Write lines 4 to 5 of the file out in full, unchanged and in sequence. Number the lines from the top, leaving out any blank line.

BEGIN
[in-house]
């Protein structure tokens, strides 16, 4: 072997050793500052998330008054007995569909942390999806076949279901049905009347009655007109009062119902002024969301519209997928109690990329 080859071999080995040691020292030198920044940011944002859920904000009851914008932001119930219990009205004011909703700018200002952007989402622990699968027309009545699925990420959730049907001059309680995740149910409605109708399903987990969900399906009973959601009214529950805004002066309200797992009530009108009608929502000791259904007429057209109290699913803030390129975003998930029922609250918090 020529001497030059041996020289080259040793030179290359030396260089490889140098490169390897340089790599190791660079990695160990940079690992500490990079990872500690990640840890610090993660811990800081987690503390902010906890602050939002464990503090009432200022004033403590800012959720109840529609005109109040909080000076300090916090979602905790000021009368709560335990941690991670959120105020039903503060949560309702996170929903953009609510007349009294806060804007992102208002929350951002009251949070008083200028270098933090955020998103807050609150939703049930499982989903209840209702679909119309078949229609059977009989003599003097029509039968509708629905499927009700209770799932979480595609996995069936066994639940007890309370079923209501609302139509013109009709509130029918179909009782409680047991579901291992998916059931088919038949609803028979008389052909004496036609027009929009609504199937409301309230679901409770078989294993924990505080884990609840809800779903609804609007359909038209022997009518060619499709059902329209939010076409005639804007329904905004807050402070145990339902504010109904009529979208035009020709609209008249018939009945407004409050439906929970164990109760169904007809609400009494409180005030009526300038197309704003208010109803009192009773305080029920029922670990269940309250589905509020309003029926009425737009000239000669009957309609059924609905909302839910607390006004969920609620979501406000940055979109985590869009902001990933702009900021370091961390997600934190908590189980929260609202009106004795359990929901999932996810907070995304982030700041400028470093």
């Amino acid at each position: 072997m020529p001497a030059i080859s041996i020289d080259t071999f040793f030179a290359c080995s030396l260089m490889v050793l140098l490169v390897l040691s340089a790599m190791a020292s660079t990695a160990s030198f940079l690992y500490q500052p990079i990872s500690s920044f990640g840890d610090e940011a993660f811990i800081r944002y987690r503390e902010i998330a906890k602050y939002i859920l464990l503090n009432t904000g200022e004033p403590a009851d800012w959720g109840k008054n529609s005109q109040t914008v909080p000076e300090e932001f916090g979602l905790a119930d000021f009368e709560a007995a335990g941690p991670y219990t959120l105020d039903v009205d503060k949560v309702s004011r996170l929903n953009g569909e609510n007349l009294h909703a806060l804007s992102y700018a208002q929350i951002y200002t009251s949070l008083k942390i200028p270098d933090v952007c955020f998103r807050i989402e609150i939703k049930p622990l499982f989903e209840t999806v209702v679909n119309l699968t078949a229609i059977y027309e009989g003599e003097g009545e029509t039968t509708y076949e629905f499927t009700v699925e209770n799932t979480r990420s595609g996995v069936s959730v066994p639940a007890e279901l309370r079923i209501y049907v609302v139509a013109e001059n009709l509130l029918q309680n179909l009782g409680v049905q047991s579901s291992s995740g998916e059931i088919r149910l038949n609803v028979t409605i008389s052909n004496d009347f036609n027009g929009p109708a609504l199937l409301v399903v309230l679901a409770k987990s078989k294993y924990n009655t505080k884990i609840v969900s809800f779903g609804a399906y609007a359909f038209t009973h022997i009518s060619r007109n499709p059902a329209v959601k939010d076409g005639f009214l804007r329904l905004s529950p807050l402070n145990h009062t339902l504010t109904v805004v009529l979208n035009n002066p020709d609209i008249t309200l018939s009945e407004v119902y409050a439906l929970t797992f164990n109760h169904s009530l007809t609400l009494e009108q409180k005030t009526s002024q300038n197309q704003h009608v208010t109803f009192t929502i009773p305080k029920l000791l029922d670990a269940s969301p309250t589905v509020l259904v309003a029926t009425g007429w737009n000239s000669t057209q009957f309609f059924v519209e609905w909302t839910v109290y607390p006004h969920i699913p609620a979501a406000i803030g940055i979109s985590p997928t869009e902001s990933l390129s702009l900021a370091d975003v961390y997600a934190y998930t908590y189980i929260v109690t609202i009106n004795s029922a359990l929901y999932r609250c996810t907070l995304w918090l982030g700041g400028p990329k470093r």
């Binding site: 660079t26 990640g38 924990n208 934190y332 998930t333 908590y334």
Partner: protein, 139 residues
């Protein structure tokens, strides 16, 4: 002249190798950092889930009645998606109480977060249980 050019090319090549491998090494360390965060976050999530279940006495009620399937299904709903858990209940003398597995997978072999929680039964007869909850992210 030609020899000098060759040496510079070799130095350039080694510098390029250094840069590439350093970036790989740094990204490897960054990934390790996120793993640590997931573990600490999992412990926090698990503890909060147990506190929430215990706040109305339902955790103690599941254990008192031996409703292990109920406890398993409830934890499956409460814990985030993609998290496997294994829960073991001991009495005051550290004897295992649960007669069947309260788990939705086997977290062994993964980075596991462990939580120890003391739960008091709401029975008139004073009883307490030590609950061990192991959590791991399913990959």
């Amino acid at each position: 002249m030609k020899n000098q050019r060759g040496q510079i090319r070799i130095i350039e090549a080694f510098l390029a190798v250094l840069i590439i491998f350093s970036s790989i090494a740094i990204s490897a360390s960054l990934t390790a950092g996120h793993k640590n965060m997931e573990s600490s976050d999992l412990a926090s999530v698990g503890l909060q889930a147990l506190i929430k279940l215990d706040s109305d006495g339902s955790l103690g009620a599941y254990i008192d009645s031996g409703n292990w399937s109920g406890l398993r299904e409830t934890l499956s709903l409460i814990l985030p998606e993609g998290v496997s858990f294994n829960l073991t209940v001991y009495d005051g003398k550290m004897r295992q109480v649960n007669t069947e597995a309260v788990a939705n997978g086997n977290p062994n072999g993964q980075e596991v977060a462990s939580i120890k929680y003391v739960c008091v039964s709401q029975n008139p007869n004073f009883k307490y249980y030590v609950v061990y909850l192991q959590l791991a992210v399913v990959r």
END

């Binding site: 660079t26 990640g38 924990n208 934190y332 998930t333 908590y334």
Partner: protein, 139 residues